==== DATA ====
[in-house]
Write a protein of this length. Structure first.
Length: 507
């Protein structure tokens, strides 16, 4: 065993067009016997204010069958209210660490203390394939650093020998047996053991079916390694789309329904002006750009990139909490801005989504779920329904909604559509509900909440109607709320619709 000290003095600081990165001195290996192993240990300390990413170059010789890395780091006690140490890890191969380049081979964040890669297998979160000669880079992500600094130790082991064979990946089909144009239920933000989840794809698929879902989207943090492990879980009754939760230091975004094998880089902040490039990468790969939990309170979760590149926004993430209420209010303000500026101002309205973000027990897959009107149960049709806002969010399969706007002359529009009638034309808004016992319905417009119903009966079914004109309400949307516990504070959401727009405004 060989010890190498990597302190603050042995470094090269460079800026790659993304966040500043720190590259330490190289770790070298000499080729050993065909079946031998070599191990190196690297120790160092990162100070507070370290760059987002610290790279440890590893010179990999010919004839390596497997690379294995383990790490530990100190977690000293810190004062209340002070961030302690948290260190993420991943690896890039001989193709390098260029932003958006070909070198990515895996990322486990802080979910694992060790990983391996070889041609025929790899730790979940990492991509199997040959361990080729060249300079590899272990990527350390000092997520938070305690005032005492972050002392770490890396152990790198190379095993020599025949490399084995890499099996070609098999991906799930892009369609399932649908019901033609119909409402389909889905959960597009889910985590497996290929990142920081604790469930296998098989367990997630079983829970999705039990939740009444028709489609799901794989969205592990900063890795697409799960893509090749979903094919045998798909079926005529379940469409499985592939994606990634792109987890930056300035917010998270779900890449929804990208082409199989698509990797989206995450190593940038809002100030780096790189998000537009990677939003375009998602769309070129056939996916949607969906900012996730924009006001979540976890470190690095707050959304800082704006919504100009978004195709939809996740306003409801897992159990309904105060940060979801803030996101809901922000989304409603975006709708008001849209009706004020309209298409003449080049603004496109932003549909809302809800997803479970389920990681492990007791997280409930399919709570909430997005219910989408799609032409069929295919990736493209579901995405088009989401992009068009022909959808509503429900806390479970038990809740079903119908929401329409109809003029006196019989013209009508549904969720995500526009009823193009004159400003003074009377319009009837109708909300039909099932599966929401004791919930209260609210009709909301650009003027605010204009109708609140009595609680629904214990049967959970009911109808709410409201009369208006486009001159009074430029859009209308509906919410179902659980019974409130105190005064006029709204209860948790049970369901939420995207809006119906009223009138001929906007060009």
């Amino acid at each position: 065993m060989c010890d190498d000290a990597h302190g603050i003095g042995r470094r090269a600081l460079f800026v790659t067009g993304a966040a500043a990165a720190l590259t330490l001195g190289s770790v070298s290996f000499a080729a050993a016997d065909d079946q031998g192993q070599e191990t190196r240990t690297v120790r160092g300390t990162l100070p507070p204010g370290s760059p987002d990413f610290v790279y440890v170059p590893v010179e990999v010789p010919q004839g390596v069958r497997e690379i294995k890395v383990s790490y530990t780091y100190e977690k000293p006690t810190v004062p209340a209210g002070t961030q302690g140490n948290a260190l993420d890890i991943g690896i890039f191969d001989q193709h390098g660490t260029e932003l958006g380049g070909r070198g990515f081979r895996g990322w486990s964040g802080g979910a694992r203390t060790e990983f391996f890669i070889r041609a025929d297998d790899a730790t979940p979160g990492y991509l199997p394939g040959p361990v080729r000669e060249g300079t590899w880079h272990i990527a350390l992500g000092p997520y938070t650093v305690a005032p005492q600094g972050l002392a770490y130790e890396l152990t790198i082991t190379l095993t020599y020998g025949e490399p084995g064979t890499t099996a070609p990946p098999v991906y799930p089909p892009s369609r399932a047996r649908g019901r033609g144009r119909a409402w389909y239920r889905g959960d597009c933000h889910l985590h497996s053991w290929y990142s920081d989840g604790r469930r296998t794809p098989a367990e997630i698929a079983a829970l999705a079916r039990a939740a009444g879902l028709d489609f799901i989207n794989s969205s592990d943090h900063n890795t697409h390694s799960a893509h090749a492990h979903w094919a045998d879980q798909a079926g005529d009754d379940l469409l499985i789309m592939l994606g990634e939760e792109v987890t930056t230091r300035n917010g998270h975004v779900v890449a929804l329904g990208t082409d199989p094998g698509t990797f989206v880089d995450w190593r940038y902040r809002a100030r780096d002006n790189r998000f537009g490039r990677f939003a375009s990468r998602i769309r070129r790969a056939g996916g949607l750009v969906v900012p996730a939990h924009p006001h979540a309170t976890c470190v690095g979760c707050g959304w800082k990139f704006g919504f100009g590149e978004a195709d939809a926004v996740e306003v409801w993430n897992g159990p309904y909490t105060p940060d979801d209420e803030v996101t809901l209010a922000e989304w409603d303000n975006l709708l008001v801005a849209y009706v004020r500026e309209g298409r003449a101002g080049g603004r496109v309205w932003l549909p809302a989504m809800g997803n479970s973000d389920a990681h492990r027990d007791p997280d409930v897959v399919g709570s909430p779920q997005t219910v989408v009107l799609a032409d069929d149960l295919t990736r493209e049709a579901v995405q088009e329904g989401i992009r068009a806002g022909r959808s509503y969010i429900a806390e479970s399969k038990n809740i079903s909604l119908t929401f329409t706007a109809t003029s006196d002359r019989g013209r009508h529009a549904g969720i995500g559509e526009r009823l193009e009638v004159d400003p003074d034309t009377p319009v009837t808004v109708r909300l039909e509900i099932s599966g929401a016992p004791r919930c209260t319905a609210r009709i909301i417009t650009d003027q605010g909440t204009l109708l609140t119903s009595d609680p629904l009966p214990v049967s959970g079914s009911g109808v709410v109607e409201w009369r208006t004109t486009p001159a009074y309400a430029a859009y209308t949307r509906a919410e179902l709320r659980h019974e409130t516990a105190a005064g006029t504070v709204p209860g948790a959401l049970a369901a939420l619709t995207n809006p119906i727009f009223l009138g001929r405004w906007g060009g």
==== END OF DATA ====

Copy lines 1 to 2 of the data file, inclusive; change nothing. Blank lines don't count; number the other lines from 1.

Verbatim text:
[in-house]
Write a protein of this length. Structure first.